6. The method of claim 4, further comprising feeding the control signal from the differential amplifier to a third transconductance amplifier included in a first filter, in order to adjust the transconductance of the third transconductance amplifier.
7. The method of claim 6, wherein the third transconductance amplifier is included in an integrated circuit having a plurality of tunable transconductance amplifiers, the method further comprising feeding the control signal from the differential amplifier to each of the plurality of tunable transconductance amplifiers included in the integrated circuit, in order to adjust the respective transconductance of each respective tunable transconductance amplifier.
8. The method of claim 1, wherein the outputs of the first and second transconductance amplifiers are maintained at a common mode voltage.
9. The method of claim 1, wherein the transconductance of the second transconductance amplifier after the adjusting is a function of a ratio of an input voltage of the first transconductance amplifier to an input voltage of the second transconductance amplifier.
10. The method of claim 1, wherein:
the first transconductance amplifier has an input voltage of Vy; the second transconductance amplifier has an input voltage of Vx; the first transconductance amplifier has a transconductance gmref; and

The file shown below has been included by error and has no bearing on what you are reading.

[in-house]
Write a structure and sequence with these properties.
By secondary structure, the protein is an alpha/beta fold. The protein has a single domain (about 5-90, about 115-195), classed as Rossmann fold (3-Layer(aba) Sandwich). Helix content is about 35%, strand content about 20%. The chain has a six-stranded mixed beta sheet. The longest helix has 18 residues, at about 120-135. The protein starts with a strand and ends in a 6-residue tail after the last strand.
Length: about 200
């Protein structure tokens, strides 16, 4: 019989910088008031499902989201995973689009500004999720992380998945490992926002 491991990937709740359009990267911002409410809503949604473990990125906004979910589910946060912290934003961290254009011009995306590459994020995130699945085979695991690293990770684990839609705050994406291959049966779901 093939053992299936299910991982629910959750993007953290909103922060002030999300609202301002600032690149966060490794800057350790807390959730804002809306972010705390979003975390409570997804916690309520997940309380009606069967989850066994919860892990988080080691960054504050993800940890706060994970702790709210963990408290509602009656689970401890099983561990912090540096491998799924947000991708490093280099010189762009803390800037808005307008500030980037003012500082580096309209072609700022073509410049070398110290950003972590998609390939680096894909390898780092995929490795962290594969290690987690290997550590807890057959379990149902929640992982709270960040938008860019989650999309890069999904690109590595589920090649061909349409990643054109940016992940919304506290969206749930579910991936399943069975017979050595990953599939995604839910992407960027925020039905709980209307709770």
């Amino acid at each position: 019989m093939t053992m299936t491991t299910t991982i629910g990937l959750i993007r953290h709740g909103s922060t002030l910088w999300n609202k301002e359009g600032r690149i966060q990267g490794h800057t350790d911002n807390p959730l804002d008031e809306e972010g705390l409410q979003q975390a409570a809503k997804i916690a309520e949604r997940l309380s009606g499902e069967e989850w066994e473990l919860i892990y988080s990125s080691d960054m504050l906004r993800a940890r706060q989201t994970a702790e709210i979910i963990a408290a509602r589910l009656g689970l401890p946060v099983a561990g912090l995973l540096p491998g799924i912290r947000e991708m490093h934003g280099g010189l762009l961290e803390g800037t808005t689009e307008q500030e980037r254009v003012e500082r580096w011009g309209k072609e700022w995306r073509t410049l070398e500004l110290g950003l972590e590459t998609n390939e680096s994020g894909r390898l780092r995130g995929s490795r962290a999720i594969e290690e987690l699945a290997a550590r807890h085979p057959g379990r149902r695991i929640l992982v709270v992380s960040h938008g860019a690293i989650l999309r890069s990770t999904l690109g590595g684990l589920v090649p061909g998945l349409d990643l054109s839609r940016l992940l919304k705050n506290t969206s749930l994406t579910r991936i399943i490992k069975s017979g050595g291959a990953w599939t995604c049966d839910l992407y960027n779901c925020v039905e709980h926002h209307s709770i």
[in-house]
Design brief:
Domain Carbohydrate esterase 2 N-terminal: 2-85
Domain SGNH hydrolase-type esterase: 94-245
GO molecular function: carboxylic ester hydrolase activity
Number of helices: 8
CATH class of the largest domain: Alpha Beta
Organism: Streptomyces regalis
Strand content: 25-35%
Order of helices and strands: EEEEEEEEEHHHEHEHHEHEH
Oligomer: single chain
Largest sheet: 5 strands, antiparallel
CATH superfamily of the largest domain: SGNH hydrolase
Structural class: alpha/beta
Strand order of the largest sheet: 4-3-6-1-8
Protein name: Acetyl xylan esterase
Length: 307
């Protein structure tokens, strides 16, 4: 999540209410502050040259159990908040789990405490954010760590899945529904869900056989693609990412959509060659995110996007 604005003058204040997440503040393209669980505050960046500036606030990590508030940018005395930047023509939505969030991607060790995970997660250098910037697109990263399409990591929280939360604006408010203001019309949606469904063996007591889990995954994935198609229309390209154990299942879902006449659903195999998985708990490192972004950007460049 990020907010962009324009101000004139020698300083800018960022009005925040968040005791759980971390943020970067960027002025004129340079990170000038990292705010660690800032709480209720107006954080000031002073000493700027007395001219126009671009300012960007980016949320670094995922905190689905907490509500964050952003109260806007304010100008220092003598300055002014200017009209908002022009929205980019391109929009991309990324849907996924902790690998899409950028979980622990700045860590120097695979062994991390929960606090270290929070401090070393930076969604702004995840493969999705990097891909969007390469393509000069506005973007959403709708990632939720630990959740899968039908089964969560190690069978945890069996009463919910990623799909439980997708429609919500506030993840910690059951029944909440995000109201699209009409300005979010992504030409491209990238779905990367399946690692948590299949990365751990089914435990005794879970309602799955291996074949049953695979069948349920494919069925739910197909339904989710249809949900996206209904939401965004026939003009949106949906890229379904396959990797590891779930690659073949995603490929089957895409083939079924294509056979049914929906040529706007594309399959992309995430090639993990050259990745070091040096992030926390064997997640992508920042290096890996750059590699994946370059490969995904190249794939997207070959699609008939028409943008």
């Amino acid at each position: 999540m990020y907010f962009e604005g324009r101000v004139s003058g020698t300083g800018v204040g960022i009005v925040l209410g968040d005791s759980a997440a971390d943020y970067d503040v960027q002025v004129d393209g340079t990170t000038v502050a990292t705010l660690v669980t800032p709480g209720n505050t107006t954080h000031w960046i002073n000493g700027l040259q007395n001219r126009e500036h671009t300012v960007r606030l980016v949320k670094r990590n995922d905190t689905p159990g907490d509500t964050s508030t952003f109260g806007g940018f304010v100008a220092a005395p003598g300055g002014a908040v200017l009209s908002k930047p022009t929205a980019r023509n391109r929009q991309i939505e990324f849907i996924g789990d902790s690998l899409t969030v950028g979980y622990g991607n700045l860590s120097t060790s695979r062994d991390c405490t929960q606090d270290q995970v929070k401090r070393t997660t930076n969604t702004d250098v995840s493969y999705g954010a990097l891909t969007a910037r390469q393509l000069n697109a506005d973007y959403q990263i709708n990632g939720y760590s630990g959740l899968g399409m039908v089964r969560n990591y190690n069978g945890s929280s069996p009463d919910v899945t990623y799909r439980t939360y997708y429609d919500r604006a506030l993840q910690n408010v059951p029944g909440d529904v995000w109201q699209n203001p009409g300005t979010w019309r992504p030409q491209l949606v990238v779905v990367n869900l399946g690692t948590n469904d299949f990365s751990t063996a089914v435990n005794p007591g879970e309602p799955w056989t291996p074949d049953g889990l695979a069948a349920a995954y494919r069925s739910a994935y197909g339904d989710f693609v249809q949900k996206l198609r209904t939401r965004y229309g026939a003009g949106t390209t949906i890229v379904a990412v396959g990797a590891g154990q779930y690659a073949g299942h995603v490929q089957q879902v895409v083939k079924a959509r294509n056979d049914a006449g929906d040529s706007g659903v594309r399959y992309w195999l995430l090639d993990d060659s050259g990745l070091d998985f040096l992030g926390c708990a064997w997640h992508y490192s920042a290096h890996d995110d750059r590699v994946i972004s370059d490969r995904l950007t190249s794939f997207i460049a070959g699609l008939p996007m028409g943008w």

the second transconductance amplifier has a transconductance gms approximately given by the equation:
g ms ≈g mref V y /V x.
11. The method of claim 1, further comprising tuning a cut-off frequency of a filter based on the adjustment to the transconductance of the second transconductance amplifier.
12. A circuit for tuning a transconductance amplifier, comprising:
a first transconductance amplifier outputting a first current from an output thereof;
second transconductance amplifier outputting a second current from an output that is coupled to the output of the first transconductance amplifier; and
a feedback loop providing a control signal that varies with a difference between the first current and the second current and is used to adjust the transconductance of the second transconductance amplifier, the feedback loop including a differential amplifier,
wherein an error signal provided to the differential amplifier has a substantially zero magnitude when the second current is equal in magnitude to and opposite in polarity from the first current.